Ellen Million (ellenmillion) wrote,
Ellen Million

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I wrote this a few weeks back in response to Fireborn's query and just hadn't gotten around to posting it. It's more than a little disjointed, but that's just how it all came out.

I would have been... hmmm... fourteen. I was just coming out of middle school. I probably weighed all of a hundred pounds, this twiggy, zitty, awkward thing that carried around a sketchpad like it was a lifeline.

I wanted to play basketball, in an offhanded sort of way. I was tall, and fairly fast, and thought I ought to make an effort at a team sport. And I liked playing basketball, though I honestly wasn't good at it. I wasn't the last person picked in gym class, just somewhere comfortable in the middle. Towards the bottom of the middle, probably.

So that was my plan, to play basketball in high school. Maybe act in the theatre; I had such a fun time in the last school play at the middle school.

I seem to recall telling the Ophthamologist my plans. I was down in the lower 48, because it was often cheaper to see a doctor down south, and it was definitely cheaper to buy the glasses down there. (What, you think my miser tendencies came from a vacuum?)

I've worn glasses since first grade. (I swear, it had nothing to do with poking myself in the eye with a stick. That only scarred my pride. I was five or six and I knew I'd done something dumb straight away.)

((Pause while the author tells the cat to quit eating the box and gets a shoulder rub from her husband))

Cronological is apparently not how the storytelling is happening tonight. I hope you'll bear with me.

At any rate, the ophthamologist looked closely at my eyes and said, 'I see some thin spots in the retinas, you should have that checked out before you consider getting into contact sports.'

*thinksthinks* You know, it may have been not an ophthamologist, but just a regular eye-checker-person. I forget the details. I didn't collect business cards when I was fourteen. Yes, I have some facts to sit down and work out before I write my biography. Deal.

Anywho, I'm boring even myself.

Time passes.

I went to see the local Ophthamologist when we got back home.

I had tears in my retina. The rips kind of tears not the wet kind of tears that's spelled the same but sounds different. Before I'd even figured out that this isn't another joke (Dr Deramus is a hoot), I was scheduled for surgery in October.

I was a little frightened, who wouldn't be?

But everyone assured me that this was routine, normal, no big deal. If I was feeling well, I could go home the same day, though it was more likely I would stay overnight. The idea of my eyeball lying on my cheek was awfully chilling, but other than that, I had no real terrors. The procedure was called a schleral buckle. Go read webmd.com if you want details. I can press my finger against the side of my eye, look left and feel the buckle sliding past. It's a little creepy, even still.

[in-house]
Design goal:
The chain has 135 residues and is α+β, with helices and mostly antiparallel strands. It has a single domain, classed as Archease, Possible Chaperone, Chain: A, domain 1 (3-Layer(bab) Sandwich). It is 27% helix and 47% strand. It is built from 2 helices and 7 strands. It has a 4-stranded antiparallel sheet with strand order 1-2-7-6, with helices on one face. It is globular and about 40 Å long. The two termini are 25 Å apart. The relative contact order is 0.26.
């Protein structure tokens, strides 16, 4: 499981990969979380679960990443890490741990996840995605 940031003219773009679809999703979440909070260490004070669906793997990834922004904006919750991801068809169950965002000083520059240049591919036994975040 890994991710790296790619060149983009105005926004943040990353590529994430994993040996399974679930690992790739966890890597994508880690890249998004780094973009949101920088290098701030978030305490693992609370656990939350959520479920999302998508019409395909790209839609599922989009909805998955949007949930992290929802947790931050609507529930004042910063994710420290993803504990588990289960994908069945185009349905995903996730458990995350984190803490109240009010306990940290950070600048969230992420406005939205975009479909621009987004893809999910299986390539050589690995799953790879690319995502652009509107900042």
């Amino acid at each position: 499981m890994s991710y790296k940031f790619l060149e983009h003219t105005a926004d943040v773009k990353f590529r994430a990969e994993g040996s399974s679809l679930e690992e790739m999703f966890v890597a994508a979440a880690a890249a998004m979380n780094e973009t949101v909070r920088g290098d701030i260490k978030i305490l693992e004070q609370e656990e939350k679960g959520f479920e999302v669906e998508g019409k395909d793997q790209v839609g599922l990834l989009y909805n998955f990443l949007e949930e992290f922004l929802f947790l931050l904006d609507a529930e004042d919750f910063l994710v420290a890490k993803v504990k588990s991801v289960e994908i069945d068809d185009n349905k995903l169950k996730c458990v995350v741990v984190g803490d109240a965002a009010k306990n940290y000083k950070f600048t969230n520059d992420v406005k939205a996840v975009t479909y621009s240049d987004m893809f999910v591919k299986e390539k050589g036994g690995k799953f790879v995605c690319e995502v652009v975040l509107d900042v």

I have to digress to talk a little about Dr Deramus. He is an enormous black man with the most gentle hands. He is always laughing, and he remembers my mother very fondly and always asks after her when I go in for my yearly appointments. He thinks she reads the most fascinating books. Which she does. Sometimes I toy with idea of setting her loose on a livejournal. /digress.

The surgery was supposed to be brief. But when the Dr got in there, with the eyeball on the cheek or however it goes, he discovered much, much more extensive damage than he had expected. Apparently, I had been on the very, very edge of a complete retinal detachment. The kind that makes it a lot harder to successfully save vision. I wonder now that I didn't notice a decrease in vision. I vaguely remember flashers being worse than usual.

Only one of the eyes was supposed to be operated on, but it turned out that both eyes were suffering. So instead of an hour or so, the surgery was 5 or 6 hours. (My memory says 8 or 9, but I'm thinking that my memory must be exaggerating.) I was supposed to be able to see when I woke up, but they had to bandage my eyes. On top of that, I reacted very poorly to the pain killers.

I came to in a groggy haze of pain and darkness. There were voices, but they made very little sense. I was supposed to be able to see, and I couldn't! I have never been so terrified in my life. I was drugged to my gills, blind, and floating. I spent what felt like days struggling back, certain that I had died, and that surely this was hell, because everything was awful. I think it only took a night to realize what was going on, but those were the longest, most grueling hours of my life.

That scared me away from drugs for all of my high school career, incidentally.

I had to wear an eyepatch for a couple of weeks. I've had to have minor laser surgeries twice to cauterize new little tears in the eye without the schleral buckle. That's about it.

I was unbelievable lucky, really. If the surgery had been days later, it might have been twice or three times as complicated. I talked to a girl a little younger than I who'd had her retina completely detach. She spent a week upside down in a complicated sling that kept the pressure in her eyes all correct. That could've been me.

'Scuse me... I'm going to go look at something beautiful for a while and appreciate my eyes.

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